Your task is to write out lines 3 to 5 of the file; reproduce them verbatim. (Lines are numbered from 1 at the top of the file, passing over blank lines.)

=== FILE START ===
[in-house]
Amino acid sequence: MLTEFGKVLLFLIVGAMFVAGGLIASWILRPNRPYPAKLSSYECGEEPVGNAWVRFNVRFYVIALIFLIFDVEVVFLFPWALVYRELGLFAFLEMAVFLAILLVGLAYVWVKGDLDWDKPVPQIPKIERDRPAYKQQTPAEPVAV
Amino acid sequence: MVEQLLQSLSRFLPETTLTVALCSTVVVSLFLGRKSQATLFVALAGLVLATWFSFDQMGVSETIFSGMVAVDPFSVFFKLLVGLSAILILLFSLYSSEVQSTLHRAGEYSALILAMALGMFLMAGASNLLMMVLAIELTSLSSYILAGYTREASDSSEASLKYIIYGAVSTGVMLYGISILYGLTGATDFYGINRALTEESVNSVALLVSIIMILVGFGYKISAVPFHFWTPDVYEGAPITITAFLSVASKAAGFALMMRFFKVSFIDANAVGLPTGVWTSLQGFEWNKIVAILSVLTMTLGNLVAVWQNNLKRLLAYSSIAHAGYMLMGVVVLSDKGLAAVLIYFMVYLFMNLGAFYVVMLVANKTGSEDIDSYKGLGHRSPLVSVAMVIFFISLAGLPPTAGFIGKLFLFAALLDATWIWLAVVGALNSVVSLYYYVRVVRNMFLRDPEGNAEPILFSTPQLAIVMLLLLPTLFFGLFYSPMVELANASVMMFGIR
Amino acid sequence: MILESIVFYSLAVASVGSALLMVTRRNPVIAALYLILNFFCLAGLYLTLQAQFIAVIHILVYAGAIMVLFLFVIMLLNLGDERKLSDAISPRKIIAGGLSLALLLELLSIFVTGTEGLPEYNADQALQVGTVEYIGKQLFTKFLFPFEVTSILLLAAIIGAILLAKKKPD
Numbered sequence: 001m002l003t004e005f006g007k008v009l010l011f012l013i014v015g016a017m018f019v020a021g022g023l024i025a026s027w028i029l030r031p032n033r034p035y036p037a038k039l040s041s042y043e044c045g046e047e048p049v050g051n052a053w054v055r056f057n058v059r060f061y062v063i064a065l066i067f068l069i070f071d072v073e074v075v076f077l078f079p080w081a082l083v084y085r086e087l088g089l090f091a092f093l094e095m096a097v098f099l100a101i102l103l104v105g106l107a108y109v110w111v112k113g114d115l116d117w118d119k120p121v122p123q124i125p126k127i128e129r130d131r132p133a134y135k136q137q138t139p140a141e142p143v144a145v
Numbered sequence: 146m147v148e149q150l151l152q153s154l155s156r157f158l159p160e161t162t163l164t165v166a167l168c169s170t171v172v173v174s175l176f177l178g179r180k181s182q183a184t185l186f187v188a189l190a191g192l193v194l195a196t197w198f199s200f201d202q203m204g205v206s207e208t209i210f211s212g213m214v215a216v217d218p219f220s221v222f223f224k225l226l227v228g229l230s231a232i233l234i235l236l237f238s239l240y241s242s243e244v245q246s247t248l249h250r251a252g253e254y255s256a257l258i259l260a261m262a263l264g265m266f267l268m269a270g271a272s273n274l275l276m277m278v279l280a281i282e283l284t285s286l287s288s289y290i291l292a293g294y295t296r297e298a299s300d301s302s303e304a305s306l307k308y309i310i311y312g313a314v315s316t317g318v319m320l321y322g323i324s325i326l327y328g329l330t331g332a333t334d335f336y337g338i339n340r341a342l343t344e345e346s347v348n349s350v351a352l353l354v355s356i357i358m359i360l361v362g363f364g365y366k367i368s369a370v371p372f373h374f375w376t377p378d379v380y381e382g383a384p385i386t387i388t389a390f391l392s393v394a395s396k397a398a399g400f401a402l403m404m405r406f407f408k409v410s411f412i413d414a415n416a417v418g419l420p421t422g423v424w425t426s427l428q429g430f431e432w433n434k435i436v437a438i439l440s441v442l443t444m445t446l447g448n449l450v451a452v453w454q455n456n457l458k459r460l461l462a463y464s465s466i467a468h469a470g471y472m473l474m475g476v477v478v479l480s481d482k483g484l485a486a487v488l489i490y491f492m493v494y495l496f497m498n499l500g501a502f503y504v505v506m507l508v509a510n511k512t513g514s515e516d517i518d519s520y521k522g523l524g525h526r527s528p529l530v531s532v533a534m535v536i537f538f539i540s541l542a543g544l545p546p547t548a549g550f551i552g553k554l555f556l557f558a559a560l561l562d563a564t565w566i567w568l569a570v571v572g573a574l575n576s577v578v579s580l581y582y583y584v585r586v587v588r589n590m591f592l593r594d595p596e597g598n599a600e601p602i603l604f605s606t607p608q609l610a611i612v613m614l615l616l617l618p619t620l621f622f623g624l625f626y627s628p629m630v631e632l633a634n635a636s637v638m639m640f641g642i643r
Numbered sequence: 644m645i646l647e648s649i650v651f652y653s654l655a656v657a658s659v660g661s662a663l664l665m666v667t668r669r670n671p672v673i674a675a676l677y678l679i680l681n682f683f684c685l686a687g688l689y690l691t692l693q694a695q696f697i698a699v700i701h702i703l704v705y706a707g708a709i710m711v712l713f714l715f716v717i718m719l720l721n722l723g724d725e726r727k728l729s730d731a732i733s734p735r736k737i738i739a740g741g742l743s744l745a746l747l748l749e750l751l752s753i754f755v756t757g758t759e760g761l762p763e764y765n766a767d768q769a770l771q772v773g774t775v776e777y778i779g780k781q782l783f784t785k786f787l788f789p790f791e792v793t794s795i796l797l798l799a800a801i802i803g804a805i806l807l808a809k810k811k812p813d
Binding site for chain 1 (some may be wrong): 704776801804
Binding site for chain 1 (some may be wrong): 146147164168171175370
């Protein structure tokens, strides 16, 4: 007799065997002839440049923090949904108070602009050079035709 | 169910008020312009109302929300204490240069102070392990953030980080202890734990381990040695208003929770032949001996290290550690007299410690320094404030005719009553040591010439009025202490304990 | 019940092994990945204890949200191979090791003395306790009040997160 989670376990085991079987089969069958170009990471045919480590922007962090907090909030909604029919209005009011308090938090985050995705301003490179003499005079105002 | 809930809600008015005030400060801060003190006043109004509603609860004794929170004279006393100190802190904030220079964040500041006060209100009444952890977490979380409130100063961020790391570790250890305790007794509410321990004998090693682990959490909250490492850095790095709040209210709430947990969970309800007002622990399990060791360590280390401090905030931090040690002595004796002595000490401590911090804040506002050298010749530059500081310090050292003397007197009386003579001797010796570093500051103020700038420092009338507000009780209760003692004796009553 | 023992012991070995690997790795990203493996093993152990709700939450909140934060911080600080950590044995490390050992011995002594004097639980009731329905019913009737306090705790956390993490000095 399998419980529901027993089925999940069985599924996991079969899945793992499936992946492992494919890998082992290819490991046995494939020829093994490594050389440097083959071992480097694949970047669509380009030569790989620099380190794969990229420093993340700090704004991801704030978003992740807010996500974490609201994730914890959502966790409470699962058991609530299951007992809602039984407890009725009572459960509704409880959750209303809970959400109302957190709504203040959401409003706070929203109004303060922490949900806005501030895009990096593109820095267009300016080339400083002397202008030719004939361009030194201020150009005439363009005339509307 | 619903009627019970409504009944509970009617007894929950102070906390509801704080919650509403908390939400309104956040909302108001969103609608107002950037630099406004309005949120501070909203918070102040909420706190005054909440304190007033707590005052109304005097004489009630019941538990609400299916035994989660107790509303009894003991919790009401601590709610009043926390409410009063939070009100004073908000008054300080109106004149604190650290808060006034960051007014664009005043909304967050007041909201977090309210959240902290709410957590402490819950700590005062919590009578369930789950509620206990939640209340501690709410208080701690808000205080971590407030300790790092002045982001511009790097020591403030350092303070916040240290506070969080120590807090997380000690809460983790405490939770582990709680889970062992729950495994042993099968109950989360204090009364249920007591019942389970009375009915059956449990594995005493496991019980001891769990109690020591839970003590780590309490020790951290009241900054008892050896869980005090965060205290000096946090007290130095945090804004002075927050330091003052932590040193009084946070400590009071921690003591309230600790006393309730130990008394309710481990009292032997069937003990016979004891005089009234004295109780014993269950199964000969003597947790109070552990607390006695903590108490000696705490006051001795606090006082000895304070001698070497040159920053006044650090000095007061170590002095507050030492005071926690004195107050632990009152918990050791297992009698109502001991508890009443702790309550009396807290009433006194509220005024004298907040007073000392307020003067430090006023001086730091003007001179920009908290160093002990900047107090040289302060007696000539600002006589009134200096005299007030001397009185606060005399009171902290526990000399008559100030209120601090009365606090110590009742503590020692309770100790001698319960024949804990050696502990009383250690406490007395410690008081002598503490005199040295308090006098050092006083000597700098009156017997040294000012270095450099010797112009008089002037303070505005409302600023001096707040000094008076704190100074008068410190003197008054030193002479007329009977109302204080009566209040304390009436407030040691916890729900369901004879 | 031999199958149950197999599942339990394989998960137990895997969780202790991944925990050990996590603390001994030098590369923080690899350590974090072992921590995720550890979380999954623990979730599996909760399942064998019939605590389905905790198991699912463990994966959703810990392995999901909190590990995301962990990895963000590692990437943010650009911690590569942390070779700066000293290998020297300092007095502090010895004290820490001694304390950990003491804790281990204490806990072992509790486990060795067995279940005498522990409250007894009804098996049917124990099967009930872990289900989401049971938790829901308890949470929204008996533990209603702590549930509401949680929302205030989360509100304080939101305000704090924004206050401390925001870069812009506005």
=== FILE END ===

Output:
Amino acid sequence: MVEQLLQSLSRFLPETTLTVALCSTVVVSLFLGRKSQATLFVALAGLVLATWFSFDQMGVSETIFSGMVAVDPFSVFFKLLVGLSAILILLFSLYSSEVQSTLHRAGEYSALILAMALGMFLMAGASNLLMMVLAIELTSLSSYILAGYTREASDSSEASLKYIIYGAVSTGVMLYGISILYGLTGATDFYGINRALTEESVNSVALLVSIIMILVGFGYKISAVPFHFWTPDVYEGAPITITAFLSVASKAAGFALMMRFFKVSFIDANAVGLPTGVWTSLQGFEWNKIVAILSVLTMTLGNLVAVWQNNLKRLLAYSSIAHAGYMLMGVVVLSDKGLAAVLIYFMVYLFMNLGAFYVVMLVANKTGSEDIDSYKGLGHRSPLVSVAMVIFFISLAGLPPTAGFIGKLFLFAALLDATWIWLAVVGALNSVVSLYYYVRVVRNMFLRDPEGNAEPILFSTPQLAIVMLLLLPTLFFGLFYSPMVELANASVMMFGIR
Amino acid sequence: MILESIVFYSLAVASVGSALLMVTRRNPVIAALYLILNFFCLAGLYLTLQAQFIAVIHILVYAGAIMVLFLFVIMLLNLGDERKLSDAISPRKIIAGGLSLALLLELLSIFVTGTEGLPEYNADQALQVGTVEYIGKQLFTKFLFPFEVTSILLLAAIIGAILLAKKKPD
Numbered sequence: 001m002l003t004e005f006g007k008v009l010l011f012l013i014v015g016a017m018f019v020a021g022g023l024i025a026s027w028i029l030r031p032n033r034p035y036p037a038k039l040s041s042y043e044c045g046e047e048p049v050g051n052a053w054v055r056f057n058v059r060f061y062v063i064a065l066i067f068l069i070f071d072v073e074v075v076f077l078f079p080w081a082l083v084y085r086e087l088g089l090f091a092f093l094e095m096a097v098f099l100a101i102l103l104v105g106l107a108y109v110w111v112k113g114d115l116d117w118d119k120p121v122p123q124i125p126k127i128e129r130d131r132p133a134y135k136q137q138t139p140a141e142p143v144a145v